The Earth is pretty much what you want it to be. That’s not just a philosophical statement. Consider this. Even as companies like GIBSS use geothermal energy to cool air, Ritesh Arya is using geothermal energy as a clean and almost endless supply of heat. “Just drill a well 3 km to 4 km deep to hit temperatures of 200°C to 300°C,” says the 45-year-old hydrogeologist and owner of Arya Drillers, a company that works on underground water sources and geothermal explorations in the Himalayas. If there’s a stream in the vicinity, it can be diverted to the heat source to produce steam that can run turbines. “If there’s no water body,” says Arya, “there’s plenty of sewage water that can be poured in to generate steam.” The steam can also be condensed into clean water as a byproduct.
Arya is convinced that the earth itself is the cleanest alternative to coal-, oil-, and nuclear-based power generation. He has prepared a geothermal map of about 400 sites in India, which includes Delhi, Mumbai, Chennai, and Hyderabad. But it is in the sub-zero temperatures of Puga in the Ladakh region of Kashmir that Arya convinced the government that geothermal energy could be used to good effect. Arya’s research helped identify underground water resources in the otherwise arid region, as well as a readymade hot water source in the Siachen glacier region for the Indian Army.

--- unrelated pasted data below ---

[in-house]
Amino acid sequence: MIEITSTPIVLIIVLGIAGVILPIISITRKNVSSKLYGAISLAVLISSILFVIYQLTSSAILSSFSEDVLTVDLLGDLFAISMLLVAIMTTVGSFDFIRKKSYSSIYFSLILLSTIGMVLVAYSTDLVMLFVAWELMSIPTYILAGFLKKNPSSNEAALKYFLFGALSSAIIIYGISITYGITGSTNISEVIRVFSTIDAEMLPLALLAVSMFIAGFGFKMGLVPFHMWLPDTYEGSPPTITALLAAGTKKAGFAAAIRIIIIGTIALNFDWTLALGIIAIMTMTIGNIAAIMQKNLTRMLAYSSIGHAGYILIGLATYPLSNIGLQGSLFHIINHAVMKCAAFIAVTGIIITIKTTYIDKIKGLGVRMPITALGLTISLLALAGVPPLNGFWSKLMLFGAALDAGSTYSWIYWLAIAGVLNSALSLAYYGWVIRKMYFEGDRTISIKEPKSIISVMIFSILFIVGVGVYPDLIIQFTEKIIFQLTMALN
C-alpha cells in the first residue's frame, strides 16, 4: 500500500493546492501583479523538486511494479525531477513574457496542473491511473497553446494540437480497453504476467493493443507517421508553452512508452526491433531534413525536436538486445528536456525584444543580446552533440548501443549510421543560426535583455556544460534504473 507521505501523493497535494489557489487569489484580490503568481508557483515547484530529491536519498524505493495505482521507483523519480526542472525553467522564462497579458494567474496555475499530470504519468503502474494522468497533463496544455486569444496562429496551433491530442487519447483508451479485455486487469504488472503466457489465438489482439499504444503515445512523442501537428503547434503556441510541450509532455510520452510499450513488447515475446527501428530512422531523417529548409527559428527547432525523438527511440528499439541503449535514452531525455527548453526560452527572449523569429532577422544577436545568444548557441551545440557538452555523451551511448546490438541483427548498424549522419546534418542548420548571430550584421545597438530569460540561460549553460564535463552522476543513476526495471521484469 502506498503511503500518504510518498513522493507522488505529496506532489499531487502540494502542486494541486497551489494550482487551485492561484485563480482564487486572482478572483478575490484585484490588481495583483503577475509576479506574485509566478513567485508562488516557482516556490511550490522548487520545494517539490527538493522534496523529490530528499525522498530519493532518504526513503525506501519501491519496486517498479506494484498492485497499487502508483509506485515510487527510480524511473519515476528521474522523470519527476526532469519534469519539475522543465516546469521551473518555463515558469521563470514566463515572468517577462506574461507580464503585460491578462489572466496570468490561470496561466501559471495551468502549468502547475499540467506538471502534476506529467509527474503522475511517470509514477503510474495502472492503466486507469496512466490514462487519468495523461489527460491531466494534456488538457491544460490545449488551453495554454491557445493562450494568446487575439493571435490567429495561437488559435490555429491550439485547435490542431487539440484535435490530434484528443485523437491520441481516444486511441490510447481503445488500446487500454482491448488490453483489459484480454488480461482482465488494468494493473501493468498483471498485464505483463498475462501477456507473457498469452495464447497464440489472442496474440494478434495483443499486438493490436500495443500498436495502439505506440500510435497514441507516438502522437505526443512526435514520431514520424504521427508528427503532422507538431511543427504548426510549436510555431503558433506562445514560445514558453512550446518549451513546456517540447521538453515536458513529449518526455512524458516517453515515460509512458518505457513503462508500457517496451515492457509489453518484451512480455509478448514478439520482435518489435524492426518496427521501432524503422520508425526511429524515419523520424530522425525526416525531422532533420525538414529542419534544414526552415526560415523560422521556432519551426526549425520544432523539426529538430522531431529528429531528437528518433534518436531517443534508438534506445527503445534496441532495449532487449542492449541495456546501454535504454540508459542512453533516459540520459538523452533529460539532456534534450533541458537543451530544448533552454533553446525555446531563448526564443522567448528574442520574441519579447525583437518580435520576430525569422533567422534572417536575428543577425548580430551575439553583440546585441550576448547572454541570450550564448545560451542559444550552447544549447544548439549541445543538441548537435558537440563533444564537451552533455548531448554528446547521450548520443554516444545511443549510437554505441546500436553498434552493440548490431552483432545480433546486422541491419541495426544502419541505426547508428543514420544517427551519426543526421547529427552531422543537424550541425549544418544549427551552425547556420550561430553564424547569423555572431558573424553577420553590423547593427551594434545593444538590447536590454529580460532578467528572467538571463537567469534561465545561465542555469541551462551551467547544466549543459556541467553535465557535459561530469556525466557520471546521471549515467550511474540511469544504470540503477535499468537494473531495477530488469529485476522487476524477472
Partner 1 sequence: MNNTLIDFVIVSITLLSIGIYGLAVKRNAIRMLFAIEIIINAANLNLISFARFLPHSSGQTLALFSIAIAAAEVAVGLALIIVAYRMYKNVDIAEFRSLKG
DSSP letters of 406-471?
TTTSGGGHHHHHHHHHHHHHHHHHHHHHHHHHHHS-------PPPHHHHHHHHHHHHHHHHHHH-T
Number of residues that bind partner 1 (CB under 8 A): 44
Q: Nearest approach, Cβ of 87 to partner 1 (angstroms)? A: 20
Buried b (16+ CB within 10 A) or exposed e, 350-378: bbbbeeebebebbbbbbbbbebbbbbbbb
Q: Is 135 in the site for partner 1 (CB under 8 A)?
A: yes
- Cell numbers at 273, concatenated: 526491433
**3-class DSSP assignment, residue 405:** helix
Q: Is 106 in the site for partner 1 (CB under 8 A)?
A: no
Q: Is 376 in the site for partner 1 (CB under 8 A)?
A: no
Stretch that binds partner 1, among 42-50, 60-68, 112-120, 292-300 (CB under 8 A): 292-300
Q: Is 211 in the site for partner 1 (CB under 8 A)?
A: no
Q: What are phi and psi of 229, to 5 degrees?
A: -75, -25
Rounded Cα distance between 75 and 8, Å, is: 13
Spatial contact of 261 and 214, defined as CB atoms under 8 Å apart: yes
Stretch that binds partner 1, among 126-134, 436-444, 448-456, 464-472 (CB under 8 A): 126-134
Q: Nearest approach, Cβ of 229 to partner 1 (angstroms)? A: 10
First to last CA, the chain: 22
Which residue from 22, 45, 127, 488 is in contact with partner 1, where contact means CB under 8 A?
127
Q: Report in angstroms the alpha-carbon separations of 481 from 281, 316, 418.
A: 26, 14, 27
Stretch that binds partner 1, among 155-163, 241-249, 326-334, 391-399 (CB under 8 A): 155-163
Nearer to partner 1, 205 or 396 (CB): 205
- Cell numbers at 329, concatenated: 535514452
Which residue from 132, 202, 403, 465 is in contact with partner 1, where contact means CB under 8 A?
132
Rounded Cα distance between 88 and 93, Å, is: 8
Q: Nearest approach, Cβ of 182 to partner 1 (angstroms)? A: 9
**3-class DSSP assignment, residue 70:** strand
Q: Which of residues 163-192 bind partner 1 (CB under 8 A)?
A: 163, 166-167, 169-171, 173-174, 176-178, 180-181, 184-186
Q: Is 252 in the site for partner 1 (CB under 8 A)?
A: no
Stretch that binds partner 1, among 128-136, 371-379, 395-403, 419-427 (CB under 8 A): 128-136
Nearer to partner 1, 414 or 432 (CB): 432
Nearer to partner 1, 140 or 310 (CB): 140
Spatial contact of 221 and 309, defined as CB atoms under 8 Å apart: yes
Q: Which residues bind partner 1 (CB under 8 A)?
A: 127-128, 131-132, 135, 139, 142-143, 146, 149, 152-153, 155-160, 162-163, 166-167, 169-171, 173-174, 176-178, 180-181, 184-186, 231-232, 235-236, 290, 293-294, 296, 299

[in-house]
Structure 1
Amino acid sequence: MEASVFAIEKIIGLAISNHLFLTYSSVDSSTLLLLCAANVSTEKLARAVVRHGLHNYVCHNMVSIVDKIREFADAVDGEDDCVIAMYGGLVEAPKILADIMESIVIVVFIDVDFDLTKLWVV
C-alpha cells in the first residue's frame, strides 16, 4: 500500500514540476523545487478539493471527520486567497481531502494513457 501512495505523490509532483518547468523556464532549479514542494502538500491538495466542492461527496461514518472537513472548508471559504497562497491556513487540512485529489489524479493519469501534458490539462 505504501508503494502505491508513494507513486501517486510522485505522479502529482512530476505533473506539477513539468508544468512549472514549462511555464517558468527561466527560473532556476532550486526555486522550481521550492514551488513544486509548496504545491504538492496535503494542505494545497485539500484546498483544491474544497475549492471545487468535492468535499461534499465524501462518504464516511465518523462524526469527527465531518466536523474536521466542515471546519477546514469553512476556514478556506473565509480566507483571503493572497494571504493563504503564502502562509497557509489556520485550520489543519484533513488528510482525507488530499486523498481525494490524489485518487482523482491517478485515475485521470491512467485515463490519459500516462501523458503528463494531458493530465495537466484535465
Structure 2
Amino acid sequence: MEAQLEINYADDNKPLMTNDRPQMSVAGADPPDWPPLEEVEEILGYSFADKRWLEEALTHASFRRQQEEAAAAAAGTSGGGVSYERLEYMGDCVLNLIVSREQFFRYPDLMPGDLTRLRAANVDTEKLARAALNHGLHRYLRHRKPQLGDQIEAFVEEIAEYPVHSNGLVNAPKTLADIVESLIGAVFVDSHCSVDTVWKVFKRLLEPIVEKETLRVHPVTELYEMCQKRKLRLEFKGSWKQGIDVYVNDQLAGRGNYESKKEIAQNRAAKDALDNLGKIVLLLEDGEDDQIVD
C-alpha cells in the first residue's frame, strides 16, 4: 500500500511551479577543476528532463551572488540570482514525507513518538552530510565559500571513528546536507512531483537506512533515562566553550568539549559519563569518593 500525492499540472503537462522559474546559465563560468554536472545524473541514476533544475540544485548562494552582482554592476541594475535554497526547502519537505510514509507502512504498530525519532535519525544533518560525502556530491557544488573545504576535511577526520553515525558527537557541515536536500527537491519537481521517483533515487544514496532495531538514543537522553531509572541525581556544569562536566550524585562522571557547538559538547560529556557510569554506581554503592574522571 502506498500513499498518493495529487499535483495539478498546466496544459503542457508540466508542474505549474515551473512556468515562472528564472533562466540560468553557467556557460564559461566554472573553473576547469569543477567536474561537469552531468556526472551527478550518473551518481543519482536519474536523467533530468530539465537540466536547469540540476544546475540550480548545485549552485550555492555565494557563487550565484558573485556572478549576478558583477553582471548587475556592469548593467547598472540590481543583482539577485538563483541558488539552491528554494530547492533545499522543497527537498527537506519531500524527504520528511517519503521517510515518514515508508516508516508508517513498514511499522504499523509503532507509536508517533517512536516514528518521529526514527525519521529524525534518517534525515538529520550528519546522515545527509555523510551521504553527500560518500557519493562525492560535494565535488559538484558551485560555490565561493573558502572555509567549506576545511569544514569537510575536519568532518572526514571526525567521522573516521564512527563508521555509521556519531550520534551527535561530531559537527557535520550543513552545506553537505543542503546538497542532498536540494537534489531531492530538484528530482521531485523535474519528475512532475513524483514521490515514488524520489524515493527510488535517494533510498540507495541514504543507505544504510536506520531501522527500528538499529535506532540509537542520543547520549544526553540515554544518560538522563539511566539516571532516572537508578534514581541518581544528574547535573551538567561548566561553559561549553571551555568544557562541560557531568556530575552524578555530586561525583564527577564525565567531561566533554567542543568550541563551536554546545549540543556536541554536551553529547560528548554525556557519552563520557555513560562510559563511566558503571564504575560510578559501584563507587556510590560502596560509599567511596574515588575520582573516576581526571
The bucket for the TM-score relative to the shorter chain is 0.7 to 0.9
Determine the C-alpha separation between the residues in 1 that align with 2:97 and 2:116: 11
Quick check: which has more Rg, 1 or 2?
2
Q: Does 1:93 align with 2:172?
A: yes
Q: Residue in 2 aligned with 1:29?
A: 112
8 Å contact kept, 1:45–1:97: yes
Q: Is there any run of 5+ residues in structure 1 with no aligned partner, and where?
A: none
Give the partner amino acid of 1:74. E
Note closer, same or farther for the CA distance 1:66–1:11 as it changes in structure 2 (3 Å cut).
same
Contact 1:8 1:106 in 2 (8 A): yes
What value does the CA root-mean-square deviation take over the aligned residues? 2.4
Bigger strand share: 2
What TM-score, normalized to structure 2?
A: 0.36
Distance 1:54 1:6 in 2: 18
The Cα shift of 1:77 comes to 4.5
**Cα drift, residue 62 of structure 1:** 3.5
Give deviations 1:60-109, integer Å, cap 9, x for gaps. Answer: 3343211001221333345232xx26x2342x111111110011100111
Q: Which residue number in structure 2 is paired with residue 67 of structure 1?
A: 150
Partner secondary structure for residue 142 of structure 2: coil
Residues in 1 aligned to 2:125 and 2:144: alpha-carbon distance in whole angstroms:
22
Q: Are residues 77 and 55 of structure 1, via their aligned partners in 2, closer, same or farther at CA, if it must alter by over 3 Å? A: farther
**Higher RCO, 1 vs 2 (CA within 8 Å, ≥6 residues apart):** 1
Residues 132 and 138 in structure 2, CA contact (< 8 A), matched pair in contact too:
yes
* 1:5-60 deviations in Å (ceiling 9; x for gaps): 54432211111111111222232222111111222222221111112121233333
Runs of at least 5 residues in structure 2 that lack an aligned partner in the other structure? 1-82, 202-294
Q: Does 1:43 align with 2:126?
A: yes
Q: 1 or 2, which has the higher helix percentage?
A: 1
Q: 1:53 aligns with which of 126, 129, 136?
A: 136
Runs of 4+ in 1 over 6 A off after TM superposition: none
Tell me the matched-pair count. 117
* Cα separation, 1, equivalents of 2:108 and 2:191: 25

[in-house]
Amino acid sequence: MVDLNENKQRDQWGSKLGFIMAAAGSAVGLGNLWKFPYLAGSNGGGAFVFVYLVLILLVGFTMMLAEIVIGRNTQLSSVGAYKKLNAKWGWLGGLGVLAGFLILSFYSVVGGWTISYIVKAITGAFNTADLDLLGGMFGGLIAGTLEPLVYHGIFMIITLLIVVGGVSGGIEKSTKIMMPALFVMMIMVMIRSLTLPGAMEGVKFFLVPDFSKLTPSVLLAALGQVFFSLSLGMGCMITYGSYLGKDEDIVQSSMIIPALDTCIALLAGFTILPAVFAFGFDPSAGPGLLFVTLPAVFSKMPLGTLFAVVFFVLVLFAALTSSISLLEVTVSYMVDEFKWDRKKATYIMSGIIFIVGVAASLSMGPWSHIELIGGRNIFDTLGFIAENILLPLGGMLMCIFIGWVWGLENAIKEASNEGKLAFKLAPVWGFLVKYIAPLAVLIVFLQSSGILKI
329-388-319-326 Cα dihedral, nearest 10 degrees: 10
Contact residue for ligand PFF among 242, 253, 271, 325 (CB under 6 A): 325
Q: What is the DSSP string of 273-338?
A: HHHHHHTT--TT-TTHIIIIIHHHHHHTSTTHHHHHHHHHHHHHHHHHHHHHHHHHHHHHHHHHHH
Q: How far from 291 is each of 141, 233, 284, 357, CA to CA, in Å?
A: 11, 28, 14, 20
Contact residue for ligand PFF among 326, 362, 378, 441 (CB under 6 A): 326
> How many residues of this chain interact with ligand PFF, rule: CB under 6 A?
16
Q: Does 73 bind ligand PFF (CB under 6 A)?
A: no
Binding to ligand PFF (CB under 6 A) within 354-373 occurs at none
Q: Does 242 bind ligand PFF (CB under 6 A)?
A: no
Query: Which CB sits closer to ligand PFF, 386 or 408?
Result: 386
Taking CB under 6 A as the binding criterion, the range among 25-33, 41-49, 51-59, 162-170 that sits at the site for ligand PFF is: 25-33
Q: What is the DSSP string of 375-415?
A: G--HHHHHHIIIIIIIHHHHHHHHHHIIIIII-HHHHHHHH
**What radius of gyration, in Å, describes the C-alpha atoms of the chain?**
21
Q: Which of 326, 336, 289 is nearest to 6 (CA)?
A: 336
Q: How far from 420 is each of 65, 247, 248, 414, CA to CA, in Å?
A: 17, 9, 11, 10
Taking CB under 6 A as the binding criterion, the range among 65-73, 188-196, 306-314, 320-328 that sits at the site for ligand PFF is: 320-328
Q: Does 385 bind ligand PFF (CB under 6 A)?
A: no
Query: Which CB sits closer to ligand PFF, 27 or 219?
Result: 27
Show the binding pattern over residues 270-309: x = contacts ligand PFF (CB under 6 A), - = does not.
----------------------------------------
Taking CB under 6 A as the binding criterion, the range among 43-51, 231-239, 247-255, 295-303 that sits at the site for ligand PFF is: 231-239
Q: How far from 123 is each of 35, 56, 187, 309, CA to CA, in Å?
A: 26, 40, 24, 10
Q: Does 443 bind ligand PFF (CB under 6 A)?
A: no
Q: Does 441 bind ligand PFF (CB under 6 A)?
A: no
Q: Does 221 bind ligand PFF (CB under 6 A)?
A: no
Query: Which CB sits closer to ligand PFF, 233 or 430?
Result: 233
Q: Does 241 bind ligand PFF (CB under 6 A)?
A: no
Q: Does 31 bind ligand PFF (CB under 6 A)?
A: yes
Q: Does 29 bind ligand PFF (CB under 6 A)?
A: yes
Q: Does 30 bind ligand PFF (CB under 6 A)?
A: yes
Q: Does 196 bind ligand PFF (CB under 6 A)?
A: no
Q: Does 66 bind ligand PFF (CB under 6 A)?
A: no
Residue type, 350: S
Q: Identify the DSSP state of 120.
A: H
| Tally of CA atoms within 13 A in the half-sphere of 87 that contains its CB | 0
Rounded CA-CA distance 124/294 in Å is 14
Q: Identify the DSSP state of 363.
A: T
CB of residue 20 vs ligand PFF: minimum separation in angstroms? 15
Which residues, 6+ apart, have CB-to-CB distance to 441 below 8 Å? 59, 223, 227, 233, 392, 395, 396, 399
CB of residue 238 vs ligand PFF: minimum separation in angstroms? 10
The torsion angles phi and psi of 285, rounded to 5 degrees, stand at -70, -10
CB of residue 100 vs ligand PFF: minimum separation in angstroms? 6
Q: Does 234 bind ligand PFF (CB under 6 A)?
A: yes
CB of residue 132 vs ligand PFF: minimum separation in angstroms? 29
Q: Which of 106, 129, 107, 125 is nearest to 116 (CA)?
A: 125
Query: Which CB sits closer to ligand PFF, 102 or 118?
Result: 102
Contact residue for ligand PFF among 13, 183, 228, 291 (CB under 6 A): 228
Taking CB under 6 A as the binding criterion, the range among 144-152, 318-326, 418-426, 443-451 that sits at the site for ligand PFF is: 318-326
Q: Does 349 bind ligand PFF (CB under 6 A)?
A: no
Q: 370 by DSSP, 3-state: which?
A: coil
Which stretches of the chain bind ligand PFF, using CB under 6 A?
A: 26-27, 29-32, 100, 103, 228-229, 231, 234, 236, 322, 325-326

Last year, Arya was named among the top 10 innovators at the United Nations Energy Convention in Geneva. Arya has worked in nearby regions too, such as Sasoma, Chumathang, Marsimik La, and Demchuk, along with researchers from Norway and Iceland. Funds worth Rs 6.5 crore were approved by the Research Council of Norway for the project. Today, geothermal energy is seen as a sustainable source of power for the entire region, and wells are being drilled to produce hot water for small power plants.
The Ministry of New and Renewable Energy is assessing the feasibility of geothermal energy in Jammu and Kashmir. The biggest cost for a geothermal plant is mainly in drilling—the power-generating equipment is the same as that for coal- or gas-fired plants. Since there are no recurring fuel costs, energy can be priced less. Globally, the average cost of power is about $0.03 (Rs 1.68) per kwh, and depends on the size of the project.
Globally around 11GW of geothermal power is produced in 24 countries, including the U.S., the Philippines, and Iceland. But this power is generated from underground hot springs; Arya recommends tapping lava energy or what he calls agneyodgara. Gustav R. Grob, fellow of the Energy Institute, London, says Arya’s method combines the conventional hot spring system of generating energy with Swiss company Geocogen’s method of recycling waste water by pouring it into shallow depths to create steam.
He says Arya’s methods can be used near densely populated areas to bring energy production closer to demand and reduce transportation cost. “His system can be scaled from 1 MW to 1,000 MW of electricity—it is the decision-makers who have to decide how green and sustainable they want power generation to be,” adds Grob.